Contrary to conventional wisdom, Early American writers were original thinkers, discovering for themselves an original identity. Recovery of the American Aeneas and its interaction with the Adamic myth necessitates a reevaluation of the whole of American literature created before 1800. While this volume initiates such a reevaluation, in no way does it exhaust this undertaking.
But this combination of classical and Adamic myths is not merely a phenomenon of pre‑Revolutionary America; indeed, it persists in a dialectical relationship even today. The chapters on Hawthorne and Melville demonstrate this persistence. Hawthorne's "My Kinsman, Major Molineaux" and Melville's Billy Budd, rather than other texts, have been selected because practically every person who has taught or taken a survey course in`nineteenth century American literature knows them. While the classical half of the American self persists in virtually all American authors of the nineteenth and twentieth centuries, from James Fenimore Cooper to Willa Cather and beyond, here I have attempted only to establish the presence and persistence of the Aeneas myth.
It would be impossible to treat, in this limited space, the full compass and consequence of the persistence of the Aeneas myth. Nevertheless, I shall suggest some plausible directions that such a reassessment may take. What The American Aeneas sets out to accomplish, then, is to restore America's missing classical half. Doing so will provide a more precise and accurate paradeictic (model used as argument) for the American self, one against which we, without anxiety, may productively and usefully interrogate our self/selves.
Encyclopedia of American Cultural & Intellectual History: From the Puritans to Postmodernism 3 volume set edited by Mary Kupiec Cayton and Peter Williams (0684805618) (Charles Scribners’ Sons: The Gale Group) [volume 1:0684805588 Volume 2: 0684805596 Volume 3: 06848060X] surveys the richly layered dimensions of American life in a format that clarifies the many issues, ideas, movements and places that constitute the American experience. How is the West defined as a cultural region? What did the notions of "secession" and "union" mean to Americans living in the 1860s? How does Disney pervade and influence perceptions about America today? In more than 200 articles written by scholars and enriched with illustrations, boxed biographies and documentary excerpts from primary sources, American thought and culture is thoroughly explored. The Encyclopedia covers not only historic periods such as the Colonial era and the Reagan era, but also looks at cultural groups such as the working class and cultural institutions and forms such as the university and cinema.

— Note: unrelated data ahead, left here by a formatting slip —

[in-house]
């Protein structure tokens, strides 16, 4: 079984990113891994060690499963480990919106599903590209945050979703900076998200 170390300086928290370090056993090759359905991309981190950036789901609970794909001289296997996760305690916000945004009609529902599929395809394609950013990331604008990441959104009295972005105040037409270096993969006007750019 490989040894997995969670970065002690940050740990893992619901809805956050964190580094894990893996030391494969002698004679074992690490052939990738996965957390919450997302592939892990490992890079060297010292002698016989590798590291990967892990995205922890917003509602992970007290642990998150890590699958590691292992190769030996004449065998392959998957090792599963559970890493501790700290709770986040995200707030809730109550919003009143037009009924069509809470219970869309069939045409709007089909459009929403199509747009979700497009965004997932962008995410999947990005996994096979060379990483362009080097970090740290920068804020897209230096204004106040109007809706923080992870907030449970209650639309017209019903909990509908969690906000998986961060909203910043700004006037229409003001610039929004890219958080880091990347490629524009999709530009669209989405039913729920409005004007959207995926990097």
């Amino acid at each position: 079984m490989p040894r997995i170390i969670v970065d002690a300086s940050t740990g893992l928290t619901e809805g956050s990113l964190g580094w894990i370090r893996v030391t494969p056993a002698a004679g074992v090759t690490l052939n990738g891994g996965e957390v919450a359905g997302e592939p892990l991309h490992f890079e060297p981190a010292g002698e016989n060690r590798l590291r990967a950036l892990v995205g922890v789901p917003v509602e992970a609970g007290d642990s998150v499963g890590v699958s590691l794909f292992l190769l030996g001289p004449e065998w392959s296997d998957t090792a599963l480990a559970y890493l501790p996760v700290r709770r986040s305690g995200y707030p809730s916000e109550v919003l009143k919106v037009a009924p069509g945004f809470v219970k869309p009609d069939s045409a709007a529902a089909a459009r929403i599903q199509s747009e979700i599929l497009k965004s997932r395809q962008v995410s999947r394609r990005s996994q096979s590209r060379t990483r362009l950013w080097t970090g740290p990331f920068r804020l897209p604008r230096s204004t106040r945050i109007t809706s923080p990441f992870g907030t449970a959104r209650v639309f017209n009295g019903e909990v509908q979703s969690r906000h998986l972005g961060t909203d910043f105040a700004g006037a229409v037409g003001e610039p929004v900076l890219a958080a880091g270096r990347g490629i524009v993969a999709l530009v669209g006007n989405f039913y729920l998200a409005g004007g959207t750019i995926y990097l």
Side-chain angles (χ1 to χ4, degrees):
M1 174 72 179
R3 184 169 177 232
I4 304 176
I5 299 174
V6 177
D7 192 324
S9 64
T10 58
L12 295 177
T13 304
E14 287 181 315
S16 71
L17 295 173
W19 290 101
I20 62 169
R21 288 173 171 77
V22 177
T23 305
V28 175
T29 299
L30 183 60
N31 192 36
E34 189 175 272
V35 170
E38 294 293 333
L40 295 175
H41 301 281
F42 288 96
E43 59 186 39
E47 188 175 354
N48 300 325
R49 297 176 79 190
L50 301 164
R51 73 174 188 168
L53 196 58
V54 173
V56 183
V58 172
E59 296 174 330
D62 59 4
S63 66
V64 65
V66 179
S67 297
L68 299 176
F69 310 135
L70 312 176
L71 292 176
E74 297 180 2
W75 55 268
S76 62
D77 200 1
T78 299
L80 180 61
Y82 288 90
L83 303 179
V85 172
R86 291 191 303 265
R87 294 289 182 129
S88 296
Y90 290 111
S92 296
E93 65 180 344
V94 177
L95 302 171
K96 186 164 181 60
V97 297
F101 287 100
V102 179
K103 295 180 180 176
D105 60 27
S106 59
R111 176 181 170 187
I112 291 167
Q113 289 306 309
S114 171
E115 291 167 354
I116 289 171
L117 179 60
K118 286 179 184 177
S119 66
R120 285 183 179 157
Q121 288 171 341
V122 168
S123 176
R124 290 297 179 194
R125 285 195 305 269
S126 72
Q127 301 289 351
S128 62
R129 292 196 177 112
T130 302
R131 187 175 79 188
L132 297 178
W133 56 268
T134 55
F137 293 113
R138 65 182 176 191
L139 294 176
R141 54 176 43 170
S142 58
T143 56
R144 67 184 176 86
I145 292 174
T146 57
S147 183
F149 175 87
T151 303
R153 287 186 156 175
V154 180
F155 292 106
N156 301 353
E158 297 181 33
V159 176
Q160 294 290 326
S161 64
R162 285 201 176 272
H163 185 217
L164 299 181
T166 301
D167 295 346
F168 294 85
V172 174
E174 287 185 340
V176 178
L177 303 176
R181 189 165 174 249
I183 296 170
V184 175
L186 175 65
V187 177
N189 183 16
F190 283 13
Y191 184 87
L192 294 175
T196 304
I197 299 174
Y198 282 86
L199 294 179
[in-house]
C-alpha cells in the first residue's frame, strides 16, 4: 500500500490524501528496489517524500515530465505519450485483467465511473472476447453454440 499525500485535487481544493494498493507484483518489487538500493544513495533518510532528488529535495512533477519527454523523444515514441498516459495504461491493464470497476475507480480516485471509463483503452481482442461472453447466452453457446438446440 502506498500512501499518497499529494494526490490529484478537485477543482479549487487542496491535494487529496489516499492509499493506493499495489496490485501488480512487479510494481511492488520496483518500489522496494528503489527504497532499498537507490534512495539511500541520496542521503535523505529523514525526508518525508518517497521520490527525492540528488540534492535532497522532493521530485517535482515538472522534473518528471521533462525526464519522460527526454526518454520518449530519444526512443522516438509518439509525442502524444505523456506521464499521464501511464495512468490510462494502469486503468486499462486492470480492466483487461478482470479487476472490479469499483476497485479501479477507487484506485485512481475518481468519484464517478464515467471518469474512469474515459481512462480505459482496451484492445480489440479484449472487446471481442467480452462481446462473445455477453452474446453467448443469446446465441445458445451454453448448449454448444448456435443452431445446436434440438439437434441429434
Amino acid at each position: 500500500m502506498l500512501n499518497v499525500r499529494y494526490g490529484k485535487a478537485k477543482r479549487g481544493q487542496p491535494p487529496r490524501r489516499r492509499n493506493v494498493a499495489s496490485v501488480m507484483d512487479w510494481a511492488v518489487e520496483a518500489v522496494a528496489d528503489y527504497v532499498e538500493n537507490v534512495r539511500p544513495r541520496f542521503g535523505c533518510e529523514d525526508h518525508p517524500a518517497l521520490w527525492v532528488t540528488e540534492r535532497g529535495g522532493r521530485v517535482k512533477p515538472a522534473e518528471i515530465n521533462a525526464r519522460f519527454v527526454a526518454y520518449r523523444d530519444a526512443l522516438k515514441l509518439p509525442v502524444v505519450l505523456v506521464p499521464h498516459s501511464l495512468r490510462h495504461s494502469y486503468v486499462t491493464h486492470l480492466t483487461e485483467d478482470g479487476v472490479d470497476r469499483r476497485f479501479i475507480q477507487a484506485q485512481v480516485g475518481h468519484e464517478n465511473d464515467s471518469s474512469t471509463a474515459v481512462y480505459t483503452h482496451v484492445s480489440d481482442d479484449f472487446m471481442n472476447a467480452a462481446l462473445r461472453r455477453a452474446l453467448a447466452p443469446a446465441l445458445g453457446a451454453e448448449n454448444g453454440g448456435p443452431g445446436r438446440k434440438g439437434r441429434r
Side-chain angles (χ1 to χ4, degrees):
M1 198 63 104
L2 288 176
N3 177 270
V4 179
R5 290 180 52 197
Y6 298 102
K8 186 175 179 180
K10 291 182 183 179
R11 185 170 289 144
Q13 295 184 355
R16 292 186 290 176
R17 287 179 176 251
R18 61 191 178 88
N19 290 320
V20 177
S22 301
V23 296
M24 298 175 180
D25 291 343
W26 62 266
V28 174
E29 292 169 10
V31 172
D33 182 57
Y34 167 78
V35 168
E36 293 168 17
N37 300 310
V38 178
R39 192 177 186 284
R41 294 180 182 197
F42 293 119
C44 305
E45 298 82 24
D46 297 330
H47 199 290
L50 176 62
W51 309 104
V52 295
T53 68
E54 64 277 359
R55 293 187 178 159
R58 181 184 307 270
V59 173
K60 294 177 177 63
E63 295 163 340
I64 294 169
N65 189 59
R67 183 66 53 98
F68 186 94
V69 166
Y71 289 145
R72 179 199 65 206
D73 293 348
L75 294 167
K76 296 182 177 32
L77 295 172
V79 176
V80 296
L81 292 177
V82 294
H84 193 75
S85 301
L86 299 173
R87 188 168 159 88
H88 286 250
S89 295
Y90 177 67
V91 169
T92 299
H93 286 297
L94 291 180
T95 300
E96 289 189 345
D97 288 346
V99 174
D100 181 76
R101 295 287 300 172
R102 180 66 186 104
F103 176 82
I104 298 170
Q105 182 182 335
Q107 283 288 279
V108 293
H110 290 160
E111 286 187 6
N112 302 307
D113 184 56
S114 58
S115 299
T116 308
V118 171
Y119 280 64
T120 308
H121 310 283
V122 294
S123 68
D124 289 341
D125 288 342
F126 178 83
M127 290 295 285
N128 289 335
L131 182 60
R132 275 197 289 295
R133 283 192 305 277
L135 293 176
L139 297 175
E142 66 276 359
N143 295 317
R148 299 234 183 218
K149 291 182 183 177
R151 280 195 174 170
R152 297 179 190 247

presents a comprehensive survey of the shared beliefs, social constructs and material forms of American society and its underpinnings of rational thought, throughout its history. The muiltdisciplinary articles cover a range of subjects ‑ from art; education and science, to social class, race, geography and more. An introductory survey addresses the key ideas of each period of American history, such as Puritanism; Federalism and Transcendentalism. Essays are written around essential themes to ensure that the context of concepts is fully appreciated and understood by both the novice and the experienced scholar. Nor high school and college students, this set is an unparalleled resource for exploring ideas and movements that have shaped American history.
Multidisciplinary coverage supports the curriculum
High school students writing papers in American history, civics, multicultural studies, geography
College students taking courses in anthropology, women's studies, political science, philosophy, religious and cultural studies
Public library collections supporting U.S. history, American studies, philosophy and the arts
230 illustrated articles organized by theme
Alphabetical table of contents
Boxed biographies and documentary excerpts from primary sources in each article
Chronology, bibliographies, index
Excerpt from Editors Introduction:
Since the arrival of Europeans on New World soil over a half a millennium ago, "Americans" have been reflecting on human existence and expressing their thoughts and emotions in an extraordinary variety of ways. The encounter of native peoples with European newcomers initially led to mutual puzzlement and speculation on the nature of these reciprocal strangers. The importation of Africans as slaves generated further speculation on the part of Euro-Americans as to the essential character of humanity, its oneness or its manyness. Subsequent waves of voluntary immigrants, eventually from the entire world, further complicated and enriched the process, rendering the new republic both a microcosm of the planet as well as a unique society, continually shifting its physical, social, and cultural accommodation to the presence of novelty. For over five hundred years, the amalgams of peoples who have comprised the American experiment have made sense of their experience through the exchange of ideas and through artistic expression.